Plus, with Tara and Dawn bonding as outsiders in “The Real Me,” this had to happen sooner or later. Better sooner than later.

Here is what we know about Tara thus far: she is a witch with a powerful gift, though she’s shown an understanding that magic should be handled delicately; her friendship with Willow has quickly evolved into a lesbian love affair, mostly expressed through metaphors, as that was all the WB would allow in 2000; and she has issues with confidence and self-expression, which has mostly been fizzled out through the Willow relationship.

Beyond that, no one knows what to get Tara for her birthday—no one except Giles, though the verdict is debatable on that one.

“Family” is about just that: Tara’s ‘two’ families. There’s her circle of friends, who will officially accept her as one of their own by episode’s end; and then there’s her biological family,  a group of misogynistic traditional torch carriers. Outside of Buffy, in the ‘real world,’ they would likely be fundamentalist evangelicals. But Buffy always deals in metaphors and stand-ins, not literal representations.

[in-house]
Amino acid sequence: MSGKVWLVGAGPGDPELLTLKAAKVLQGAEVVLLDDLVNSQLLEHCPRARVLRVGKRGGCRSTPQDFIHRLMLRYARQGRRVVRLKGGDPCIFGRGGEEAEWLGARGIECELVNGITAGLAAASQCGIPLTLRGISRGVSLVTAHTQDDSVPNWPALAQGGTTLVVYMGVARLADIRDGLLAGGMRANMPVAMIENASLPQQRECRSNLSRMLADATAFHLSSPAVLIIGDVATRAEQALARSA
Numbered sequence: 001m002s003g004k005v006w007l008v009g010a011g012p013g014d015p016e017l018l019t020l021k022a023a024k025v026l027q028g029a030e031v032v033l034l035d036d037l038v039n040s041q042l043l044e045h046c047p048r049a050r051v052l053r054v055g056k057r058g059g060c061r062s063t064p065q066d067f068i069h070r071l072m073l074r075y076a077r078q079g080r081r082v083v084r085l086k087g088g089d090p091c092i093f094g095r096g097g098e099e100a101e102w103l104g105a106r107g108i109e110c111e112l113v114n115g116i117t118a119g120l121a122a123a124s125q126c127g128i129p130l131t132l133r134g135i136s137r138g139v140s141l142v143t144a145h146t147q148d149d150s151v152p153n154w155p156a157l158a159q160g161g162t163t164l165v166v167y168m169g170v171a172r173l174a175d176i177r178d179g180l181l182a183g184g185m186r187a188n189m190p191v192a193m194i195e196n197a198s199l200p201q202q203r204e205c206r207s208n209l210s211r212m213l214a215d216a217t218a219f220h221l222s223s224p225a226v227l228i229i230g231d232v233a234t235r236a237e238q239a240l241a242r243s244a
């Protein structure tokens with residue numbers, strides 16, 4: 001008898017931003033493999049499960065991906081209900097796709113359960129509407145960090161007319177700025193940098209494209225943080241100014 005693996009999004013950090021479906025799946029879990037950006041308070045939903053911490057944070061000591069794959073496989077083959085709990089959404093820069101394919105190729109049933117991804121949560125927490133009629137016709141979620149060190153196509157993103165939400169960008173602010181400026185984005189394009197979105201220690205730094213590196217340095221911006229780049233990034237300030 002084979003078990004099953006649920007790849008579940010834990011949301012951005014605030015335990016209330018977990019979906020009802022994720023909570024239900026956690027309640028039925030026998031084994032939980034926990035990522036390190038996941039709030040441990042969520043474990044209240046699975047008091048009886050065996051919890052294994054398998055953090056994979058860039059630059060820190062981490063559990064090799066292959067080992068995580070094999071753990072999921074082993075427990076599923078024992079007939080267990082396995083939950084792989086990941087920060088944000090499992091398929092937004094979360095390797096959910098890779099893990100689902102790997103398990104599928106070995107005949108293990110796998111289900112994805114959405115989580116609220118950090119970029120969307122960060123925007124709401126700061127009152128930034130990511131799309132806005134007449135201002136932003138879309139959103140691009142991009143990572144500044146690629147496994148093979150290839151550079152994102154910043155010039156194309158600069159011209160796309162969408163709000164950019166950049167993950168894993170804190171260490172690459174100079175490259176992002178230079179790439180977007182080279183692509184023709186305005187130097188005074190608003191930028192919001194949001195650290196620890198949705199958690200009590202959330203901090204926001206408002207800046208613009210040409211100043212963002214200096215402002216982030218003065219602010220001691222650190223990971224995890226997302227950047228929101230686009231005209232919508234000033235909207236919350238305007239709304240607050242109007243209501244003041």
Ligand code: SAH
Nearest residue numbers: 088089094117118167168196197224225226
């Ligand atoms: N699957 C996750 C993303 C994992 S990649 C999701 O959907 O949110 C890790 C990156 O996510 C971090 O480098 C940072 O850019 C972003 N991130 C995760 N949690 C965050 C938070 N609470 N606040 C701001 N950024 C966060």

The clan, consisting here of a cold-eyed patriarch, bumbling brother Billy, and condescending Cousin Beth,show up on the eve of Tara’s 19th birthday. Tara hasn’t had contact with them for months;  who could blame her? Demanding daddy hoped Tara would give up witchcraft and magic when she went to college, because their bloodline has a peculiar problem: all the women in the family are demons, and that monstrous side emerges on or around their 19th birthdays…

…Except not. The long-held belief is actually a lie perpetuated to keep the women powerless and obedient. In Tara’s biological circle, she’s even less accepted than in the Scooby Gang, where the only problems there are her feelings of awkwardness and displacement.